Renewable Investments up 1% YoY in 2019, India Records 14% Less

Renewable Investments up 1% YoY in 2019, India Records 14% Less

Investments in renewable energy capacity worldwide was USD 282.2 billion last year, up 1% from 2018, India saw an investment of USD 9.3 billion, down 14%

Investments in renewable energy capacity worldwide was USD 282.2 billion last year, up 1 percent from 2018’s USD 280.2 billion, with the world’s biggest market (China) slipping back, but it’s second-largest (the US) hitting a new record. India, on the other hand, saw an investment of only USD 9.3 billion, into green energy, 14 percent less than in 2018.

The latest data from research company BloombergNEF (BNEF), shows how what had been a subdued first few months of 2019 gave way to a busier second half, with the highlights including US onshore wind and, in particular, offshore wind in China and Europe.

Tom Harries, head of wind research at BNEF, said, “offshore wind developers in China brought forward 15 projects to beat a scheduled expiry of that country’s feed-in tariff. We expect the sector’s global momentum to continue in 2020, with the focus on gigawatt-scale projects in the British North Sea and the first commercial arrays off the U.S. East Coast.”

The late surge in offshore wind financings took a capacity investment in that sector to USD 29.9 billion, up 19 percent on 2018 and USD 2 billion more than in the previous record year of 2016. Among the offshore projects reaching financial close in the fourth quarter was the 432 MW Neart na Gaoithe array off the Scottish coast at USD 3.4 billion, the 376 MW Formosa II Miaoli project off Taiwan at USD 2 billion and the 500 MW Fuzhou Changle C installation in the East China Sea, at USD 1.5 billion. The first of France’s offshore wind projects to be financed, the 480 MW, USD 2.5 billion Saint Nazaire, got its go-ahead in the third quarter.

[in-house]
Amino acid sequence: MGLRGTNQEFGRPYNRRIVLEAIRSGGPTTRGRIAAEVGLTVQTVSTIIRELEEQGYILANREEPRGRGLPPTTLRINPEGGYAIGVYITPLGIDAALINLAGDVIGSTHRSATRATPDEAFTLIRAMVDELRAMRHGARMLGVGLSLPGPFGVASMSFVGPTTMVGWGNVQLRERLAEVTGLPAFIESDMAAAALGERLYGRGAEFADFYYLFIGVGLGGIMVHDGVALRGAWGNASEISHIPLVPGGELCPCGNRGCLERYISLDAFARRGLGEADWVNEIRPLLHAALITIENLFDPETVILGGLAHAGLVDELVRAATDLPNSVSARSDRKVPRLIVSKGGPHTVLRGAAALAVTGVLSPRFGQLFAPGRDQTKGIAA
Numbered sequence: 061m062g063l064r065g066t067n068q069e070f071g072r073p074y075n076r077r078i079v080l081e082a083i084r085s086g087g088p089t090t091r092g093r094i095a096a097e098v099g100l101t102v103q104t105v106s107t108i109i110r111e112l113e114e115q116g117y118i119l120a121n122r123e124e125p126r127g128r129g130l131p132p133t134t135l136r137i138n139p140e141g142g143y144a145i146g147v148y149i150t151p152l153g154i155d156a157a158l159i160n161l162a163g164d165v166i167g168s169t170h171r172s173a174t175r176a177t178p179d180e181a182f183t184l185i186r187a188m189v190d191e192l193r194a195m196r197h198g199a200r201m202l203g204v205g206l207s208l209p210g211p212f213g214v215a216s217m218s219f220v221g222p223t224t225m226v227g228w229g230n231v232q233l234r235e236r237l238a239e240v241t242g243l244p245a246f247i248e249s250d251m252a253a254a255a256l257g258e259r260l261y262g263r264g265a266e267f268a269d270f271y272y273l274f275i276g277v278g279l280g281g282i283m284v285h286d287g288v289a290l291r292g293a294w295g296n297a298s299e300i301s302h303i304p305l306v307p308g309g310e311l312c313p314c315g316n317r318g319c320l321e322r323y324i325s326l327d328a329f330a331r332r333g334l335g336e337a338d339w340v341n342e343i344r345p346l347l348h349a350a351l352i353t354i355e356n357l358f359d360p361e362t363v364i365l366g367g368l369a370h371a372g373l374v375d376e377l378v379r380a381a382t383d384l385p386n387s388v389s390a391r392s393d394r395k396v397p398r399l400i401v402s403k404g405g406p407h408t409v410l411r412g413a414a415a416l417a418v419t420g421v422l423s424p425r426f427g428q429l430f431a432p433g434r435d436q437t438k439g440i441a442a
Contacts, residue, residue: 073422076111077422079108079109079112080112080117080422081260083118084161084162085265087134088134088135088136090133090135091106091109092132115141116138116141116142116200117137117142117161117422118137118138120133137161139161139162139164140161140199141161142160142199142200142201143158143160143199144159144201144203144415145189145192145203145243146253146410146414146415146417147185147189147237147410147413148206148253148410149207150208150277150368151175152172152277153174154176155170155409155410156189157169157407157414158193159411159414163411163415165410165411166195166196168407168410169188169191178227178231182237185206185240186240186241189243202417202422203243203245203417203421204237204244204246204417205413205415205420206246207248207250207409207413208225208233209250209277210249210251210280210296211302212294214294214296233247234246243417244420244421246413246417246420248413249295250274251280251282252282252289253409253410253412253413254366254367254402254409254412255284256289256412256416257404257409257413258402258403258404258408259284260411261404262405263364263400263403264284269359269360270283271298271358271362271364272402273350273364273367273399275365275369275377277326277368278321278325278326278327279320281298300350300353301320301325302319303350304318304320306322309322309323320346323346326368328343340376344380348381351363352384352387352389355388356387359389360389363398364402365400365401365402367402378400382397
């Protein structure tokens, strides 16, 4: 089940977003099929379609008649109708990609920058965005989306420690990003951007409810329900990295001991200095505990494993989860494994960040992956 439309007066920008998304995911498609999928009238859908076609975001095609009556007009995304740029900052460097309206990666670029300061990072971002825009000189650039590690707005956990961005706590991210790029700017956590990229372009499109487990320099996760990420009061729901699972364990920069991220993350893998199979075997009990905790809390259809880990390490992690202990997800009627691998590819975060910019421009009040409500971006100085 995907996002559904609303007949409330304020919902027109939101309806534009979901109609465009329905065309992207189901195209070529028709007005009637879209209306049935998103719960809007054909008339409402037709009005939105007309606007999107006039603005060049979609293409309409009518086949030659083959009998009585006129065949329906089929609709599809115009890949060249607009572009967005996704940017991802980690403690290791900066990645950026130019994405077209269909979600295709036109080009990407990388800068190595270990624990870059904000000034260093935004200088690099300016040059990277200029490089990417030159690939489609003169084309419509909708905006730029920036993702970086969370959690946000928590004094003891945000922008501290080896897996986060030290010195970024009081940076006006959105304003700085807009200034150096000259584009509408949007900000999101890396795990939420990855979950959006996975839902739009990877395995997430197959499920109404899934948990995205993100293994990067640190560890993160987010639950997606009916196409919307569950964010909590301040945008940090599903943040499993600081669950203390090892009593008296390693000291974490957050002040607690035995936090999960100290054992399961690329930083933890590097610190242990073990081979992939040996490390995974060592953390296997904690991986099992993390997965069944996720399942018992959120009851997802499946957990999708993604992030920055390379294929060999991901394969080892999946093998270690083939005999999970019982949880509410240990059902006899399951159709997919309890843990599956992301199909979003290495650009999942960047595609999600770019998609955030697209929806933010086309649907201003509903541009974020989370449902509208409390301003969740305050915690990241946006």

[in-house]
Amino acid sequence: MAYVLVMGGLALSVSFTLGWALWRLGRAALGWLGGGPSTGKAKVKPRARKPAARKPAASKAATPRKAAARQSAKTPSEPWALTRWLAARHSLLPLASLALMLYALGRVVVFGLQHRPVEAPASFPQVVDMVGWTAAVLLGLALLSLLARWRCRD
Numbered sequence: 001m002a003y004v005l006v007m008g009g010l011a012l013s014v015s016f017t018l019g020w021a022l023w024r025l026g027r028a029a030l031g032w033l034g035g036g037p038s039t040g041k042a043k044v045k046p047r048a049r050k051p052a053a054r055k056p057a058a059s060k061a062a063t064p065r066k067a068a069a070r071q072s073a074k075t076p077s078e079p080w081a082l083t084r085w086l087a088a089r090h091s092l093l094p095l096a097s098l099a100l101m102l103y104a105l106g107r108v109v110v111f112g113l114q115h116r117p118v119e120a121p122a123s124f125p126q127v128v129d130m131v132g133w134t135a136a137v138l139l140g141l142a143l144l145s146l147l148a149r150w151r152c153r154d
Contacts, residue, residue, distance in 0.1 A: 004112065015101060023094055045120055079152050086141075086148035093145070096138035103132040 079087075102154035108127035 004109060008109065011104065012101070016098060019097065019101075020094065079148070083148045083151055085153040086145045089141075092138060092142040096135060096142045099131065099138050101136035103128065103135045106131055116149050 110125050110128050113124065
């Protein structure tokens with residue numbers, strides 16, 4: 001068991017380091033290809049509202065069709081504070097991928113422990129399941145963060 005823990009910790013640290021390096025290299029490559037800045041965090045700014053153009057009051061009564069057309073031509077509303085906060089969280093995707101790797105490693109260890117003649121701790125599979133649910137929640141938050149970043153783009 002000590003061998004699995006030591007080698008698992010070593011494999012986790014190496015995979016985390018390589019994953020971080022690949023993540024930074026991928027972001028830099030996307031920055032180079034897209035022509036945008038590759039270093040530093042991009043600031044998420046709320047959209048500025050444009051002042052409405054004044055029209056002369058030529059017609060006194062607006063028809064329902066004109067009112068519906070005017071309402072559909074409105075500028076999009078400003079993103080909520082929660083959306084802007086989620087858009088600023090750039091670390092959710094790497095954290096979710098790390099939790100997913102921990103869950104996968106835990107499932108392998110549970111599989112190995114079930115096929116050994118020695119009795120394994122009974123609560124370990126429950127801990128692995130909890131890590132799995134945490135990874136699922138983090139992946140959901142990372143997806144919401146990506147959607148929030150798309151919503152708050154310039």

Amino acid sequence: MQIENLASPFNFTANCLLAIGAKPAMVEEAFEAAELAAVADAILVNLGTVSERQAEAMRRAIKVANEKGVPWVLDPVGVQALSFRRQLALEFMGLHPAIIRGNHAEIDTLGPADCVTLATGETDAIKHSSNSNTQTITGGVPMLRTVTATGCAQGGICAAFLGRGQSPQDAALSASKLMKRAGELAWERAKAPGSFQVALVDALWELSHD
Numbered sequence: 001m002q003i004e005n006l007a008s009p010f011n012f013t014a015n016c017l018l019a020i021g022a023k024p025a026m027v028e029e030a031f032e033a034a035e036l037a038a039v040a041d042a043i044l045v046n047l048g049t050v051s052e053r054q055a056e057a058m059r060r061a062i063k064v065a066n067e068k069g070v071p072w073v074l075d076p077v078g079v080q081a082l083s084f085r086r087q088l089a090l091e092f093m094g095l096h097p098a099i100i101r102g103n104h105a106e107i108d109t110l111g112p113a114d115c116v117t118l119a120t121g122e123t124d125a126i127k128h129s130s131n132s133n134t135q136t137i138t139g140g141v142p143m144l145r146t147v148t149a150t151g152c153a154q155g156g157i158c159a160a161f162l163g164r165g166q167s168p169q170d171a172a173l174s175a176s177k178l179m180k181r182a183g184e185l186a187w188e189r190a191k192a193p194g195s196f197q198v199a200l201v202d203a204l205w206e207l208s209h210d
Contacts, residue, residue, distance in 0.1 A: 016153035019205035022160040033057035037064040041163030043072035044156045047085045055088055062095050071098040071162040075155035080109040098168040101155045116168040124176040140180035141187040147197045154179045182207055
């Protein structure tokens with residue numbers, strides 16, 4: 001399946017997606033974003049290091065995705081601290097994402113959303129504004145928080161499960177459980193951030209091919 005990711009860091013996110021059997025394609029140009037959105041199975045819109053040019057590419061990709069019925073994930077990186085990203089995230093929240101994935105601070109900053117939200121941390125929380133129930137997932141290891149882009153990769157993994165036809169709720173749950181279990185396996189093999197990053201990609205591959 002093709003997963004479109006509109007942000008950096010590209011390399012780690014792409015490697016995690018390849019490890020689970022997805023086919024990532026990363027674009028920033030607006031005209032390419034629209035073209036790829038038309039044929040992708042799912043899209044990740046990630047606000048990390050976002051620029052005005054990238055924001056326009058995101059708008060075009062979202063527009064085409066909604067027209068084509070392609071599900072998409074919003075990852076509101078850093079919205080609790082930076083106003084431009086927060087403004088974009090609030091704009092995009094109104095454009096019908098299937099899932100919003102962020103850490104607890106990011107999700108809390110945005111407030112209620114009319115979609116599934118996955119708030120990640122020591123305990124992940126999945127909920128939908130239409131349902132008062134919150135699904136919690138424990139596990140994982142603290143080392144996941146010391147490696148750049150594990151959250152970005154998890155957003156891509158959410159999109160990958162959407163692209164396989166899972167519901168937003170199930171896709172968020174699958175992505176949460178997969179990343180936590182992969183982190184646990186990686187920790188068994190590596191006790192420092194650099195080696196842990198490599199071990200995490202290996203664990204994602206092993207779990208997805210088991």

Renewable Investments India

Looking at the overall renewable energy capacity investment figures for 2019, wind (onshore and offshore) led the way with USD 138.2 billion globally, up 6 percent. Solar was close behind, at USD 131.1 billion, down 3 percent. Falling capital costs in wind and solar meant that the two combined are likely to have seen around 180 gigawatts added last year, up some 20 GW on 2018.

China was yet again the biggest investor in renewables, at USD 83.4 billion in 2019, but this was 8 percent down on 2018 and the lowest since 2013. It saw a 10 percent rise in wind investment to USD 55 billion, but solar fell 33 percent to USD 25.7 billion, less than a third of the boom figure reached in 2017. The US was the second-largest investing country in renewable energy capacity, at USD 55.5 billion, up 28 percent on 2018. Instrumental in this was a rush by wind and solar developers to qualify for federal tax credits that were due for scale-back in 2020.

BNEF’s wider-definition of total clean energy investment, which includes money going into research and development, and into specialist companies via public market share issues and venture capital and private equity deals, was USD 363.3 billion in 2019, fractionally up on the previous year’s revised USD 362.5 billion

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Ayush Verma

Ayush is a staff writer at and writes on renewable energy with a special focus on solar and wind. Prior to this, as an engineering graduate trying to find his niche in the energy journalism segment, he worked as a correspondent for